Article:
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Instrumental Marxism

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Instrumental Marxism

Instrumental Marxism, or elite model, is a theory which reasons that policy makers in government and positions of power tend to “share a common business or class background, and that their decisions will reflect their business or class interests.”[1] It tends to view the state and law as ultimately an instrument or tool for individuals of the economically dominant class to use for their own purposes, particularly maintaining economic exploitation while winning ideological assent to their hegemony. This view is contrasted with structural Marxism, which views the class background of policymakers, etc. as purely incidental to the "bourgeois" nature of the modern state, which is seen instead as a result of the position of the state and law in the objective structure of capitalist society, and their objective (i.e. consciousness-independent) function of reproducing the relations of production and private property, regardless of the class background of the individuals involved in the administration thereof.[2] For example, whereas for instrumentalist Marxists the formal equality of contract law in capitalist societies is a kind of ideological shell or mystification used by the elite to conceal the real kernel of exploitation, for structural Marxists that formal legal equality is itself the real normative basis for properly capitalist exploitation, whether or not elites understand it as such: it allows labor-power to be traded at its real exchange-value (though not the value of its product), thus making regularity and rational allocation in labor markets possible.[3]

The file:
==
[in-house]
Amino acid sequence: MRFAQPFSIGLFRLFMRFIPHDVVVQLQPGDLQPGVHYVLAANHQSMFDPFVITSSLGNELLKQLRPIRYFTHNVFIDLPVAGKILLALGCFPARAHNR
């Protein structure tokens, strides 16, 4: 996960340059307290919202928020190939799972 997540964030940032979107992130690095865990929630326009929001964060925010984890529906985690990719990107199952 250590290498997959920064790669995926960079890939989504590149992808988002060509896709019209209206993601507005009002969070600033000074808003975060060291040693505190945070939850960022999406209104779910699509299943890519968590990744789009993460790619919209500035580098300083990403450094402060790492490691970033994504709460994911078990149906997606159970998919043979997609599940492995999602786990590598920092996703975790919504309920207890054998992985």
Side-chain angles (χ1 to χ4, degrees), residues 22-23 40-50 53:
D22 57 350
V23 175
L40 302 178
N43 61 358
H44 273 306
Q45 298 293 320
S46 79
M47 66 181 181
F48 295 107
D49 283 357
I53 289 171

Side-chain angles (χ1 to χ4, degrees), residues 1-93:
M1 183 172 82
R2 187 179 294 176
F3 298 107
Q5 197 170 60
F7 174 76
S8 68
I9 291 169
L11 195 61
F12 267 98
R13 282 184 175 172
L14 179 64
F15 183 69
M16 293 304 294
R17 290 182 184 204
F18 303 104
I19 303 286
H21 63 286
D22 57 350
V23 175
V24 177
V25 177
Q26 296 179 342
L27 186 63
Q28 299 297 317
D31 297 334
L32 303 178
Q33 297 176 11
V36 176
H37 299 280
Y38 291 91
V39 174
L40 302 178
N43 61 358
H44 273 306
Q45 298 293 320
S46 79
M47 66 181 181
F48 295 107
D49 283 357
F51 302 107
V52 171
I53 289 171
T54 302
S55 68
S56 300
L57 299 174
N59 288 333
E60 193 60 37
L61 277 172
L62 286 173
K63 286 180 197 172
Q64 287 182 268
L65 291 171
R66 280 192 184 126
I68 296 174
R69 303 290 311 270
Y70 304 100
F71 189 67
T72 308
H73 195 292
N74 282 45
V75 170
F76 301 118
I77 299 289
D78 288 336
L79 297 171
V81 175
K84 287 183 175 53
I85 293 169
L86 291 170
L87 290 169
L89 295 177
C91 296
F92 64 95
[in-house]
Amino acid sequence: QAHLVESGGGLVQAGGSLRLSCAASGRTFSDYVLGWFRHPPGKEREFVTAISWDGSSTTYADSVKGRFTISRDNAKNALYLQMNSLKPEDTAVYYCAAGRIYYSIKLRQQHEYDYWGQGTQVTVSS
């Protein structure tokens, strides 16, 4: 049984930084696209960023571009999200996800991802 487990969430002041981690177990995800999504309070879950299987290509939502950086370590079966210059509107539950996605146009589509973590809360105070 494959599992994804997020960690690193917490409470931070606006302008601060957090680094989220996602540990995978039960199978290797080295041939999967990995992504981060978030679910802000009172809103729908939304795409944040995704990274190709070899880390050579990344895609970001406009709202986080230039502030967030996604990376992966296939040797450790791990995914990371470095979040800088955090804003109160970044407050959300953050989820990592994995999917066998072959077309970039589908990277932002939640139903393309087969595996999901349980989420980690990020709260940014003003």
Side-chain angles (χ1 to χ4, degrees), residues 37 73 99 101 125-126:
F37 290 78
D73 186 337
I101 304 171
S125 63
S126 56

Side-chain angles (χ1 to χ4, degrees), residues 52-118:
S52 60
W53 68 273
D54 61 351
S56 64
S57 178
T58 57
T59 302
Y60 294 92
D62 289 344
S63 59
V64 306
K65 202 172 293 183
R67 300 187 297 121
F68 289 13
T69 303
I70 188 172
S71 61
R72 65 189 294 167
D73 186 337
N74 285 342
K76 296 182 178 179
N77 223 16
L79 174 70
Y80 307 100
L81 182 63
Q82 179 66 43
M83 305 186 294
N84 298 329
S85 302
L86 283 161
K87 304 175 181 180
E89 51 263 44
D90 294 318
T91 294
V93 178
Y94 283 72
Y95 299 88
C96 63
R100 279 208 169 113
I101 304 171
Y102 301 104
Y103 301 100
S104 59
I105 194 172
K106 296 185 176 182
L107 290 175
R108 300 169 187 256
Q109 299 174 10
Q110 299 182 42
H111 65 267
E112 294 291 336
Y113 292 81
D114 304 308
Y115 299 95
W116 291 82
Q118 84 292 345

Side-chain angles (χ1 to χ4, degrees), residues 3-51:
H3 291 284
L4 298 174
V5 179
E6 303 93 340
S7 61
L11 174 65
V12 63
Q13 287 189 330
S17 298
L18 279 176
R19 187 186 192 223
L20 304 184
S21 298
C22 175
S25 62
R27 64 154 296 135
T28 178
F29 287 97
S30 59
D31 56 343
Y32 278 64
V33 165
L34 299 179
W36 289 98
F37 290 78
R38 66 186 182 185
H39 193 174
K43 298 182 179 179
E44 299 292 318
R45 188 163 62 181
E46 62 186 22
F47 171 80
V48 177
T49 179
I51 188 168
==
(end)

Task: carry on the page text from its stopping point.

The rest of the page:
In the framework of the structure and agency debate in sociology, instrumental Marxism is an agent-centered view, emphasizing the decisions of policymakers, where the relevant agents are either individual elites, a section of the ruling class, or the class as a whole; whereas structural Marxism, as its name suggests, is a structural view, in which individuals are no more than the bearers of certain objective structural relations.

See also

References

  1. ^ Goldstein, Joshua S. 2004. International Relations. Canadian Edition. Ed. Whitworth, Sandra. Toronto: Pearson Education. Page 147.
  2. ^ Poulantzas, Nicos. "The Problem of the Capitalist State." New Left Review I/58, November–December 1969.
  3. ^ Poulantzas, Nicos. "Marxist Examination of the Contemporary State and Law and the Question of the 'Alternative'." The Poulantzas Reader: Marxism, Law and the State. Ed. James Martin. Verso: London, 2008. Print.
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